Master of Professional Studies
in Agriculture and Life Sciences

Concentration in Applied Behavioral Economics and Individual Choice

About the Program

Have questions or need additional information? Contact:

Lisa Biskup
MPS Graduate Coordinator
B38 Warren Hall
Ithaca, NY 14853-7801
Phone: 607-255-1616

Behavioral economics is a field of behavioral science that incorporates insights from psychology, sociology or other social sciences to develop win-win solutions for consumers, companies and governments.

This unique Master of Professional Studies in Agriculture and Life Science with concentration in Applied Behavioral Economics and Individual Choice (ABEIC) program ignites cross-disciplinary solutions that transform consumer welfare as well as firm performance. Cornell University has a long history of transforming cutting edge research into knowledge that can be applied to the pressing issues of industry and policy. This new MPS program builds on this reputation by training a new generation of business and policy decision-makers with cutting edge tools. Cornell’s Dyson School of Applied Economics and Management lies at a unique intersection of expertise in the areas of behavioral economics and the role that psychology and economics jointly play in decisions related to food, public health, personal finance and sustainability.

Past research from this program promoted 100-calorie portions, changed the way superfund sites are regulated, and the transformation of over 25,000 school lunchrooms across the nation. In this program students have the opportunity to stylize their curriculum to empower both their career and find win-win solutions. The three primary areas of concentration for this Program are:

  • Behavioral Marketing
  • Sustainability and Behavior
  • Behavioral Finance

Each of these concentrations is focused on developing innovative managers, entrepreneurs, and researchers for related industries, the government, the health care system and NGOs. Each student must commit to a concentration and take at least six credit hours in that concentration.

Areas of Concentration

  • Behavioral Marketing – Consumers often face the choice between indulgent consumption or responsible consumption—virtue or vice. Using subtle cues and common behavioral heuristics can help firms guide consumer choice in the retail marketplace. Such tools can be used to reinforce healthier or more responsible choices without making the consumer feel goaded, judged or restricted all while preserving profits.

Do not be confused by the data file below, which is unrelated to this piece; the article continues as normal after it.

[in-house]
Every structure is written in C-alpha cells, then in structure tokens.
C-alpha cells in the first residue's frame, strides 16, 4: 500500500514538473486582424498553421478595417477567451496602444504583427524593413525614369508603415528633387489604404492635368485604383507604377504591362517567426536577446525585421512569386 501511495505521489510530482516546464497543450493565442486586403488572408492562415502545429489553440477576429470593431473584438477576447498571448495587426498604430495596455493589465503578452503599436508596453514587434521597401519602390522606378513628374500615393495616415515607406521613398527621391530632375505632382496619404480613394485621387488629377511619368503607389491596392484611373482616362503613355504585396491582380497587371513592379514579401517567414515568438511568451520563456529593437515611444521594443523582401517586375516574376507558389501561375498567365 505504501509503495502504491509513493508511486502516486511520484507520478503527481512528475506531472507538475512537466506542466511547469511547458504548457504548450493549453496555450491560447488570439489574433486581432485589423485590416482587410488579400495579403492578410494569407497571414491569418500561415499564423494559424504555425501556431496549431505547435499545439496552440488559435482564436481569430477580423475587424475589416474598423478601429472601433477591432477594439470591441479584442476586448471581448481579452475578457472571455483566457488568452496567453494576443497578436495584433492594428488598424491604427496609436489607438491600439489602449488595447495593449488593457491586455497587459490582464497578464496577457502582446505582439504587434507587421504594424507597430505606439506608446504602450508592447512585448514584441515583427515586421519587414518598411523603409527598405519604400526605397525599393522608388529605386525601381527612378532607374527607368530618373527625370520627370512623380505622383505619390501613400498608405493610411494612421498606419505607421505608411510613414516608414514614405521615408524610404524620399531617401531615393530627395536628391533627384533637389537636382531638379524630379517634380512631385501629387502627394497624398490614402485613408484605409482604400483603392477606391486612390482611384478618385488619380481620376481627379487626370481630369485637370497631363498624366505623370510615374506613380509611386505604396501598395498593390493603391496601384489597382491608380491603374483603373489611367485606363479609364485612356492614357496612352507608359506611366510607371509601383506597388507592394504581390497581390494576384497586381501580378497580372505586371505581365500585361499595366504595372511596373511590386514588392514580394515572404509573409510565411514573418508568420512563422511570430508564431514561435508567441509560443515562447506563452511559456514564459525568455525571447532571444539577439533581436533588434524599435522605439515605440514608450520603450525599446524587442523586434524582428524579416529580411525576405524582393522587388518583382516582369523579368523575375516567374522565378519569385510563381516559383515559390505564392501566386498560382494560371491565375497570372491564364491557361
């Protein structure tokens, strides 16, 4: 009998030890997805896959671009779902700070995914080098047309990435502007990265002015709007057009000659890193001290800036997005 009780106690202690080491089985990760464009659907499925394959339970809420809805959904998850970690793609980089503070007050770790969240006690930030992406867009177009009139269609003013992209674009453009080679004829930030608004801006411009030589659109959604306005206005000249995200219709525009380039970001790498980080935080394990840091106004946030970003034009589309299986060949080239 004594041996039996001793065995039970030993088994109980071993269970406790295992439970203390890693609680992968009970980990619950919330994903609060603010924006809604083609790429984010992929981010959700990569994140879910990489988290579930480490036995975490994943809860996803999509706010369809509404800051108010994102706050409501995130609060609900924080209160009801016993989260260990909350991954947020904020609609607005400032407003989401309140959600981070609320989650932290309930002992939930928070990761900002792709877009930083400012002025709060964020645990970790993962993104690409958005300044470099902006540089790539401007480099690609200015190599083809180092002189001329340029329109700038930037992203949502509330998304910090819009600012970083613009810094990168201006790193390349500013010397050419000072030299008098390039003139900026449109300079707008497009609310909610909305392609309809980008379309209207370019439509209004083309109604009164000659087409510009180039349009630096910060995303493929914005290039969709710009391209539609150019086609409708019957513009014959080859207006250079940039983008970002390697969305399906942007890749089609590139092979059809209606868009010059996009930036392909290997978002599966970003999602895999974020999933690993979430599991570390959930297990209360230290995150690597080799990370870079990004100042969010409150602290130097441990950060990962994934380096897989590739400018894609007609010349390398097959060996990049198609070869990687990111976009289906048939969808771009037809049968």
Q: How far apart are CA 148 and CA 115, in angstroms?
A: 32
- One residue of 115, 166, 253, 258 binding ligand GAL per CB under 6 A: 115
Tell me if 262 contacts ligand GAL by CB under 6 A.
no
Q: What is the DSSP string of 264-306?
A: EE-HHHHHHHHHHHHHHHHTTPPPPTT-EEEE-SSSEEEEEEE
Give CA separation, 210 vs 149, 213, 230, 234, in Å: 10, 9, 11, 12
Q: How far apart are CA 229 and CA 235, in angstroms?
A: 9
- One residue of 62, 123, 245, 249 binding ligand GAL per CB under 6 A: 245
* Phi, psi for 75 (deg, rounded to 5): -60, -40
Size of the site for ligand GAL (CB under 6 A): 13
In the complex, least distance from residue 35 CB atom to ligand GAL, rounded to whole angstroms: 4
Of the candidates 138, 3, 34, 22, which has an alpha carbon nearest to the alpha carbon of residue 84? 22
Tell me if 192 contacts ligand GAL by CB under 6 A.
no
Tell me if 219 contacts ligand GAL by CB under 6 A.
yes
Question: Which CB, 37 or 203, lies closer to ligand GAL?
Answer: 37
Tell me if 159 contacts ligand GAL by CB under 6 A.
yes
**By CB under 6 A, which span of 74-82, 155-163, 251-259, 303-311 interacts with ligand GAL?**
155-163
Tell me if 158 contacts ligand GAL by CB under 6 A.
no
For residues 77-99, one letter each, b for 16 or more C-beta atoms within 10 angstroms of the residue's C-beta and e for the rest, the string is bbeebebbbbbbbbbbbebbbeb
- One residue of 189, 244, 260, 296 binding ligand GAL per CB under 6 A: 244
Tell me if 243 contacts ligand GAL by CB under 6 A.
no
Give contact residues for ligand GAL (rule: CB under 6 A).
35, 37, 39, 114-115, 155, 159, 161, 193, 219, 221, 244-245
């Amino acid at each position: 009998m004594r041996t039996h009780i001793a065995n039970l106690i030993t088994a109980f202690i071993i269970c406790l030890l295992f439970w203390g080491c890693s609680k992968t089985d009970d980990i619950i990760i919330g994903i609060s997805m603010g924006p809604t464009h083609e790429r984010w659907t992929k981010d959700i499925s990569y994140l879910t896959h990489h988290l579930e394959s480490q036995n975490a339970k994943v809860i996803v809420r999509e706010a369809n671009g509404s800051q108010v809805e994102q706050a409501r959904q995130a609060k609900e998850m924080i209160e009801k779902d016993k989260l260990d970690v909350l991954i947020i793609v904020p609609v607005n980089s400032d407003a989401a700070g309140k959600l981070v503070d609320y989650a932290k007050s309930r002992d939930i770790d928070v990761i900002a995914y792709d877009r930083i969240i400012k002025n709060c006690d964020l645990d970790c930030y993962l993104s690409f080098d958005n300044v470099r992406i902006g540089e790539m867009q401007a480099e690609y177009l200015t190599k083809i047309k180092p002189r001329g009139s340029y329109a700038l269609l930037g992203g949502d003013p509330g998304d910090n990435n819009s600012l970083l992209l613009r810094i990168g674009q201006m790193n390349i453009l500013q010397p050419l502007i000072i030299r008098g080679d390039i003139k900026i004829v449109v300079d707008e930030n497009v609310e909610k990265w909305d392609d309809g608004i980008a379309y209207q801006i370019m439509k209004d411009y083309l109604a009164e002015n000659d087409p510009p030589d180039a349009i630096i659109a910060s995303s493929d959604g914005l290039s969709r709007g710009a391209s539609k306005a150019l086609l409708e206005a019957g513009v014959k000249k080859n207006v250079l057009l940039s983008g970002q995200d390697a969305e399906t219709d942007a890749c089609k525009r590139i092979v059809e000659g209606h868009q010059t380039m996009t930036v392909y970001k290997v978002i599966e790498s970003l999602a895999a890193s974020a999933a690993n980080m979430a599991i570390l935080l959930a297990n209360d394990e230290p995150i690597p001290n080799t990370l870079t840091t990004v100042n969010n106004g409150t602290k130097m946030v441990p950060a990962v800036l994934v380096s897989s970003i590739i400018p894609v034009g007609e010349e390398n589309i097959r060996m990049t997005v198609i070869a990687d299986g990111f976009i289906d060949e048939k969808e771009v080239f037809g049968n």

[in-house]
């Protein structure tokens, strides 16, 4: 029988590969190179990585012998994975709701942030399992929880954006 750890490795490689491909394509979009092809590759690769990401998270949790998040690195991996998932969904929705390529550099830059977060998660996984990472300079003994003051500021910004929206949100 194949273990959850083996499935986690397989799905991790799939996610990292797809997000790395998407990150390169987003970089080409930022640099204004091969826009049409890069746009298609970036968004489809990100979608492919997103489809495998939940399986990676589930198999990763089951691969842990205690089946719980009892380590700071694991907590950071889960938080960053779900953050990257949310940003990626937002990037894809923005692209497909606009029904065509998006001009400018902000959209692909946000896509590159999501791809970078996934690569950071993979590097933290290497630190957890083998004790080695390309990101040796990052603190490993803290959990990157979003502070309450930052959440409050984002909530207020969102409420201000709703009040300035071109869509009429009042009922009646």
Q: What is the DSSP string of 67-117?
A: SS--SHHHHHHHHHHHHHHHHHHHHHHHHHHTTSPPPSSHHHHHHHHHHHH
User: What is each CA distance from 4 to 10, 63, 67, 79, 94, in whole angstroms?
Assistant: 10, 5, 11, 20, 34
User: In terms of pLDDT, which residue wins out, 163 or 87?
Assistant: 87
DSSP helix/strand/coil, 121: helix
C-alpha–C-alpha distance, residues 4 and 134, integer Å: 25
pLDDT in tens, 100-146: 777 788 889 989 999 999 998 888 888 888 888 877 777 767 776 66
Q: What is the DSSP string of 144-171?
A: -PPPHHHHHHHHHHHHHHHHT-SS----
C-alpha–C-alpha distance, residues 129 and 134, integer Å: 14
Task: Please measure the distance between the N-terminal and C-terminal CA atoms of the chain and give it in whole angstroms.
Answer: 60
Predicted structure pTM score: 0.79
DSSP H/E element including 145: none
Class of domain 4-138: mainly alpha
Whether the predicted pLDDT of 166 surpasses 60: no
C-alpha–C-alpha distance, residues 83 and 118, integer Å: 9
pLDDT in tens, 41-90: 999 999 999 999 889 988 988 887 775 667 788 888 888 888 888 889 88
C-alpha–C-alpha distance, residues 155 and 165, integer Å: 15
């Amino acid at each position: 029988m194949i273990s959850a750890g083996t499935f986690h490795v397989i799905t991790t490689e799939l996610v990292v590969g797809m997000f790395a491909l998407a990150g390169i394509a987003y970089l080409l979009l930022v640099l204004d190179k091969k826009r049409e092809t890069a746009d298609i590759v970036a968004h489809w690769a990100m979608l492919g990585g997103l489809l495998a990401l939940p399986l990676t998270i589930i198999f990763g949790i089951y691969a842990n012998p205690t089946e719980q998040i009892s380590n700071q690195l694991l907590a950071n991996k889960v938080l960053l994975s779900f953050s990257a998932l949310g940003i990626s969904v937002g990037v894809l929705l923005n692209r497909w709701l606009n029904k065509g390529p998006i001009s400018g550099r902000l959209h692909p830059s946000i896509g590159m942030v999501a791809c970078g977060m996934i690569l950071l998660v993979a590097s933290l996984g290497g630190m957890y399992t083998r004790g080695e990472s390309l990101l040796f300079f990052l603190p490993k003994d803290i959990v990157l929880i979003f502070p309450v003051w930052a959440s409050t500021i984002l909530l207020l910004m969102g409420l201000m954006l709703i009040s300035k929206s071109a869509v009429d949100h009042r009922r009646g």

• Sustainability and Behavior – As we learn more about the long-term environmental impacts of modern lifestyles, consumers and firms find themselves facing a tradeoff between current payoffs or a more sustainable future. Using behavioral tools, firms can address the increasingly restrictive regulatory environment while creating added value for their consumers. Limited competitive scholarships are available to individuals interested in this area – Read more

  • Behavioral Finance –Financial markets are susceptible to sharp rises and falls often based on irrational responses to changes in market information. Such trading can often eviscerate returns not only of panicky individuals, but also the well-researched institutional investment firms. Using behavioral economic concepts can help minimize the effects of such irrational trading and fluctuations and help preserve value and return on investment.


Program Goals

Upon completion of the Program students will be able to:

  1. Understand the key elements necessary to uncover behavioral solutions to a problem
  2. Identify data required and the proper analysis techniques in order to support a solution
  3. Be seen as an expert in a specific domain of behavior change.
  4. Implement the Consumer Insight Process


Who should apply?
This program will be appropriate for

  • Individuals who want to change the way the world thinks about consumer behavior, public policy, consulting, or food marketing. These could involve individuals with undergraduate degrees in any major who are looking for an applied context to leverage their skills.
  • Individuals interested in high impact careers in behavioral sciences but who are still exploring various domains including economics, psychology, marketing, public health, nutrition, communication, and food science.